October 2012

Play of Positions in Central Asia

By Mikhail Agadzhanyan

The play of positions gradually deploys between Russia, China and the USA in Central Asia. The rules of this game in general are not defined, they are still at the stage of development. But no matter what shape shall these rule take in future, now it is already clear, that three pointed foreign forces are not prone to limit their actions in this region and make them dependent from policy of counterpartners. Positionality of Central Asian play is determined with several unbiased factors. First of all, it’s necessary to note, that all five Republics of the region differ with specificity of the niches taken in general Central Asian composition of interstate preferences and configurations.

Ukraine to Keep Cutting Russian Gas Import in 2013

By Oleg Varfolomeyev

Ukraine haas indicated that a cut in Russian natural gas purchases will be deeper next year than expected thus far, to 24.5 billion cubic meters (bcm). This means that Ukrainian gas imports from Russia will be below contractual volumes for the third year in a row, for which Ukraine may be punished according to the take-or-pay clause in the 2009 contract between Gazprom and the national oil and gas company Naftohaz Ukrainy. Ukraine cuts gas imports saying that it cannot afford to pay the prices set by Russia, but Moscow insists that Kyiv can expect price cuts only if it joins the Russian-led customs union.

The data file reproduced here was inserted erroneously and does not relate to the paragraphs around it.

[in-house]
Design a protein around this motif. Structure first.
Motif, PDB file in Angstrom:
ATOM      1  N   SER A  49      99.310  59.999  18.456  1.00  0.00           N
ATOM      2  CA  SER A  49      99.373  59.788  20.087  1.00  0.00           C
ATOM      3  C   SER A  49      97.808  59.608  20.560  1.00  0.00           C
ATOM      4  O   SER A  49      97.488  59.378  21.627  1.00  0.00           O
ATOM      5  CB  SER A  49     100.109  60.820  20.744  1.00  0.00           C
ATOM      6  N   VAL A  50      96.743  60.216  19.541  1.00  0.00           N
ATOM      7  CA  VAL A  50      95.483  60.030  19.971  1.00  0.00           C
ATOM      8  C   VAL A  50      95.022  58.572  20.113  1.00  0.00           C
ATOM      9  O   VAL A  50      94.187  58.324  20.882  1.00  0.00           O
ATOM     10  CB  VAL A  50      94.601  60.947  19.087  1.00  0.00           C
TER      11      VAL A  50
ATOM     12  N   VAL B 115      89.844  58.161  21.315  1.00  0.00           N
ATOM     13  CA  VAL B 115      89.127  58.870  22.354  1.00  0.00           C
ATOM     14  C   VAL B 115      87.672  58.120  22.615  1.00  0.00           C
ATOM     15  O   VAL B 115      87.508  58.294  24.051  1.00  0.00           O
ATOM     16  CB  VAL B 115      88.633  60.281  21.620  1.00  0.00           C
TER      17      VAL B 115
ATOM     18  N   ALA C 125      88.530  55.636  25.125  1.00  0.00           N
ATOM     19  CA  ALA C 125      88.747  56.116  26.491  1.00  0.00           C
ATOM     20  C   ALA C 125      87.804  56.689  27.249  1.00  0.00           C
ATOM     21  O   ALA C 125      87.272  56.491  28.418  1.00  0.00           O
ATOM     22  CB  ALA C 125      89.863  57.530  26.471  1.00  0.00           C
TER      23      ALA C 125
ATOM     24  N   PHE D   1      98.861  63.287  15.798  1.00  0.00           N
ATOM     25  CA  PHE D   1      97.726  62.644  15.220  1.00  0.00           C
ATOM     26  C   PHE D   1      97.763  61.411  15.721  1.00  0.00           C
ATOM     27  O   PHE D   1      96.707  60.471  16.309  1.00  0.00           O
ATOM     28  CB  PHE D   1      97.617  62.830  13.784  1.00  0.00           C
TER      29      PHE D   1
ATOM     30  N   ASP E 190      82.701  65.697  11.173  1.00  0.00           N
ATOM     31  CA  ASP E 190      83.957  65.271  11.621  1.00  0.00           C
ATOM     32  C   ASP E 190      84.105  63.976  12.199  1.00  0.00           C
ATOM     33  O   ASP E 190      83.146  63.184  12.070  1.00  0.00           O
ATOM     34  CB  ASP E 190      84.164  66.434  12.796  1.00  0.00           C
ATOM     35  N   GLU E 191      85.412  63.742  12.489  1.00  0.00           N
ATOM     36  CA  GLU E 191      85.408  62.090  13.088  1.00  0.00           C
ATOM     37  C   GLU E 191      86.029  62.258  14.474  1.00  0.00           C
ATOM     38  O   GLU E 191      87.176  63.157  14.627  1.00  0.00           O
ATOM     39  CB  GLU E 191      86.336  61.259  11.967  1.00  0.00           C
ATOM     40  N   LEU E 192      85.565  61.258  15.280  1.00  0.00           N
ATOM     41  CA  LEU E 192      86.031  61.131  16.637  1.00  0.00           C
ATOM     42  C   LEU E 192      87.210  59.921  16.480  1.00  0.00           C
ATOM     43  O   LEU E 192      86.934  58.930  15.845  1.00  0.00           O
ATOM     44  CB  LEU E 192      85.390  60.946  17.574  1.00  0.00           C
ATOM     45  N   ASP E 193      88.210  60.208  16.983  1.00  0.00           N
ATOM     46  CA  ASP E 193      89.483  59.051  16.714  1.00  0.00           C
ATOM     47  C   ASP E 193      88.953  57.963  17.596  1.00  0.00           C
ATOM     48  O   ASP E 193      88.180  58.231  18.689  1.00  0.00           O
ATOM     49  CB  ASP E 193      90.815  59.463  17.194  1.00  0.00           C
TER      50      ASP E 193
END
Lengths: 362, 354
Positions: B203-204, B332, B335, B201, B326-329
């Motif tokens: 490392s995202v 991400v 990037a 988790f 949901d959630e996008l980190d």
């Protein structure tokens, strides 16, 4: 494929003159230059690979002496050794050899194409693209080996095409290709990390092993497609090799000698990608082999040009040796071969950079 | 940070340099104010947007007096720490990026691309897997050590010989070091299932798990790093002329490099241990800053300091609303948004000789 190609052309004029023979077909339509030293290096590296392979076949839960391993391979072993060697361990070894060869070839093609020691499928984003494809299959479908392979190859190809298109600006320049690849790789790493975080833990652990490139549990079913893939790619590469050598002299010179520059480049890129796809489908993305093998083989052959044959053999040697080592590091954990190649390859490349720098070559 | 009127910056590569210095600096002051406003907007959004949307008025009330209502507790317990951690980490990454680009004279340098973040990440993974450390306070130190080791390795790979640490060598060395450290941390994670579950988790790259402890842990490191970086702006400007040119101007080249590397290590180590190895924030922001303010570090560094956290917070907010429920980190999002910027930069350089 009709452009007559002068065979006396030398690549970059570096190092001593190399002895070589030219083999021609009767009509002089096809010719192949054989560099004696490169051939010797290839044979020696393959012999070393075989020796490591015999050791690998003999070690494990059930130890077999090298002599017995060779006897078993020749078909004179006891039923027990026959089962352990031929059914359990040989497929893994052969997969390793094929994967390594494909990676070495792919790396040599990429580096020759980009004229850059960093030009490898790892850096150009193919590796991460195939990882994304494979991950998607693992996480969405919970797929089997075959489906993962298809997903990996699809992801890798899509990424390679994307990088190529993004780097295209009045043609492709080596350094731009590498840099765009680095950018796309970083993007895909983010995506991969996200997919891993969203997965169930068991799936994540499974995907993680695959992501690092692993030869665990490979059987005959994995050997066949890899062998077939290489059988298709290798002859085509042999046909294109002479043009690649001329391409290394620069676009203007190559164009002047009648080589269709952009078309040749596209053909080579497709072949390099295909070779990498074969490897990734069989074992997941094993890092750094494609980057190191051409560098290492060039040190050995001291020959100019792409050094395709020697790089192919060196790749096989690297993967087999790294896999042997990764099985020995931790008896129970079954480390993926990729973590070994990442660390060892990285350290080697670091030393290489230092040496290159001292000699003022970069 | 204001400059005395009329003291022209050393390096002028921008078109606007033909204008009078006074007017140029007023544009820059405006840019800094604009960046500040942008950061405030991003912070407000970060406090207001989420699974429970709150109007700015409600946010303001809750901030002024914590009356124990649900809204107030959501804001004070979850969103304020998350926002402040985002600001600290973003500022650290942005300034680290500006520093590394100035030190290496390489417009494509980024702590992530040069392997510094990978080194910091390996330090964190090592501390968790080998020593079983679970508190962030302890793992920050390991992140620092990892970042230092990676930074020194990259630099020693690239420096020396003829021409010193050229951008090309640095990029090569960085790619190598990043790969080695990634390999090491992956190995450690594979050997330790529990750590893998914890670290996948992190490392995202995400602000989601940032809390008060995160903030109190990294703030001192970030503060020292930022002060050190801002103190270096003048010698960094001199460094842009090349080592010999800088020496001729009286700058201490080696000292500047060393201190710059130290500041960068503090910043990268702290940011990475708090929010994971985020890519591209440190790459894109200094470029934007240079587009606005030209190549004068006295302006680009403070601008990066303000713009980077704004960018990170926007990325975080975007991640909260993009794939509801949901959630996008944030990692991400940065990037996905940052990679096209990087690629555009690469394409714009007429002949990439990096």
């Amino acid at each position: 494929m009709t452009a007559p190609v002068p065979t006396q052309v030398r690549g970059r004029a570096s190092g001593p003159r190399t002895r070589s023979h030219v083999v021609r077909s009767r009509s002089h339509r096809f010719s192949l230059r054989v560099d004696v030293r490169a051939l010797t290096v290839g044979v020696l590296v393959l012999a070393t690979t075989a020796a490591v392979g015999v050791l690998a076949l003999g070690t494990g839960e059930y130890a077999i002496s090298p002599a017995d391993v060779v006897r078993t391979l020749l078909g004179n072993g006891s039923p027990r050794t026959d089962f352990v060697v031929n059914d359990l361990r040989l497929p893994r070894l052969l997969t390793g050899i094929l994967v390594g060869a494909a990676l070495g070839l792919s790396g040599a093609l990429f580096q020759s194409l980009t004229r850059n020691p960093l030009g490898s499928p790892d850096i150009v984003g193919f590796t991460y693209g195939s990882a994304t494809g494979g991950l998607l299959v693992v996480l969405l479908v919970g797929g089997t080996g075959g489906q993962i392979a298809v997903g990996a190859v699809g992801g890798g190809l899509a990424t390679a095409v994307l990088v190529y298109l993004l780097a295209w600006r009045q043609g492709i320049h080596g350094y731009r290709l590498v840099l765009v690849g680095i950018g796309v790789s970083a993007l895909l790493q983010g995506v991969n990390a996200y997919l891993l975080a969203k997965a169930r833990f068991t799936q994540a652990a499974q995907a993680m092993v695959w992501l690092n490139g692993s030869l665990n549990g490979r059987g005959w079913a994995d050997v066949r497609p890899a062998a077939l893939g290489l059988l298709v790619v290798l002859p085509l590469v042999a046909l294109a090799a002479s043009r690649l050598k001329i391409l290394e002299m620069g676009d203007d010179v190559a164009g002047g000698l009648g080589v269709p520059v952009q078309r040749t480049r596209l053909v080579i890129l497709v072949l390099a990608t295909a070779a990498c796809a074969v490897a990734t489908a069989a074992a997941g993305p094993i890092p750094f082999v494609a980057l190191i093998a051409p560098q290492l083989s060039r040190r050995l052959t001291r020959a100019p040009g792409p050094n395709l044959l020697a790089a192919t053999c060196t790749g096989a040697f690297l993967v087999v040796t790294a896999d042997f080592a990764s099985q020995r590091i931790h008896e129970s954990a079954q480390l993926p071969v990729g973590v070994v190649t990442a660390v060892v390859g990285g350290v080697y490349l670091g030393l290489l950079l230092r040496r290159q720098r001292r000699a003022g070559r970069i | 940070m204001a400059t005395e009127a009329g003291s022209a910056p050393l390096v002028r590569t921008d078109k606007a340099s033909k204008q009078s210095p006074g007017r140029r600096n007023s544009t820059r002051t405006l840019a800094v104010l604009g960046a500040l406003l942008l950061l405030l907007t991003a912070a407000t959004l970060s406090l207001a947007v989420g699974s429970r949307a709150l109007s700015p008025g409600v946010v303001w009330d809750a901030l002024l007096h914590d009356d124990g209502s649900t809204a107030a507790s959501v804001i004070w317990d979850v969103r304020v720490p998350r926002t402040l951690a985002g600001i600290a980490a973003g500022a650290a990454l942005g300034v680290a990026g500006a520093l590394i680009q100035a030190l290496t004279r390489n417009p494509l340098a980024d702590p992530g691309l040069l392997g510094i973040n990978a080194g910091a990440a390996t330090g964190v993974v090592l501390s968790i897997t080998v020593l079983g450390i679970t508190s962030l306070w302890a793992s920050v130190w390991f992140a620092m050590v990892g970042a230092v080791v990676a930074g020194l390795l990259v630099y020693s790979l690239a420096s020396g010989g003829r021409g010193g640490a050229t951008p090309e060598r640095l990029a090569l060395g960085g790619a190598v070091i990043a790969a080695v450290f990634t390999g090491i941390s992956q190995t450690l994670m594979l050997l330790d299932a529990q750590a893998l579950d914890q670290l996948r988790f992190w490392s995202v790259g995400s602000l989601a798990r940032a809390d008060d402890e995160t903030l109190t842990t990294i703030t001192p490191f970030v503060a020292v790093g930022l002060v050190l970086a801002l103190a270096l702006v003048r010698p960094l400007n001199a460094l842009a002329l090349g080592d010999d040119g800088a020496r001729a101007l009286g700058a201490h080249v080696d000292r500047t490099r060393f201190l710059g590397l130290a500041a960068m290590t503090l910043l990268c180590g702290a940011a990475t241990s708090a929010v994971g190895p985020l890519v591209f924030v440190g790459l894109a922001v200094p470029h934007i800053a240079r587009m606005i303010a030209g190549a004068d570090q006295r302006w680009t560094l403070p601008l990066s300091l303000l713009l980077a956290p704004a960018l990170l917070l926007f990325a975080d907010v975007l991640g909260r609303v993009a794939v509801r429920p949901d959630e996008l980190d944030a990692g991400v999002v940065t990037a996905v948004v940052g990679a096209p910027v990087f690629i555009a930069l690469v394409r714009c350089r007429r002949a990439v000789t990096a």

A European diplomatic service in quest of a foreign policy

The Lisbon Treaty introduced a major institutional innovation in the field of external relations by creating a common diplomatic service, the European External Action Service (EEAS). During the past 20 months this service has progressively been set up. With some 3,000 officials and an annual budget of around €500 million, it is still small but unique in its talents and language skills.

Instead of establishing a dialogue

Journalism is not accidentally called the second oldest profession. Introduction to the so called creative work of some representatives of the creative department causes a strong feeling that all the readers are held for rednecks that do not understand anything. With the certain didactic tone of a press gang at times they write about the events, which either they do not understand, or still taking into account their professionalism, they intentionally and most likely not gratuitously distort the truth.

Perspectives on Poland: A Polish Civil War?

By Jamie Stokes

The shooting of a Law and Justice (PiS) party functionary together with the stabbing of another in Łódź last month prompted at least one newspaper to raise the spectre of a Polish civil war, an analogy that was already being bandied around in the run-up to the elections. The attacks are the latest and most shocking events in a string of increasingly hysterical clashes between conservative traditionalists and modernising liberals. The seismic shock of the Smolensk disaster in April seems to have jarred opened a vault of dark national feelings that nobody suspected was there.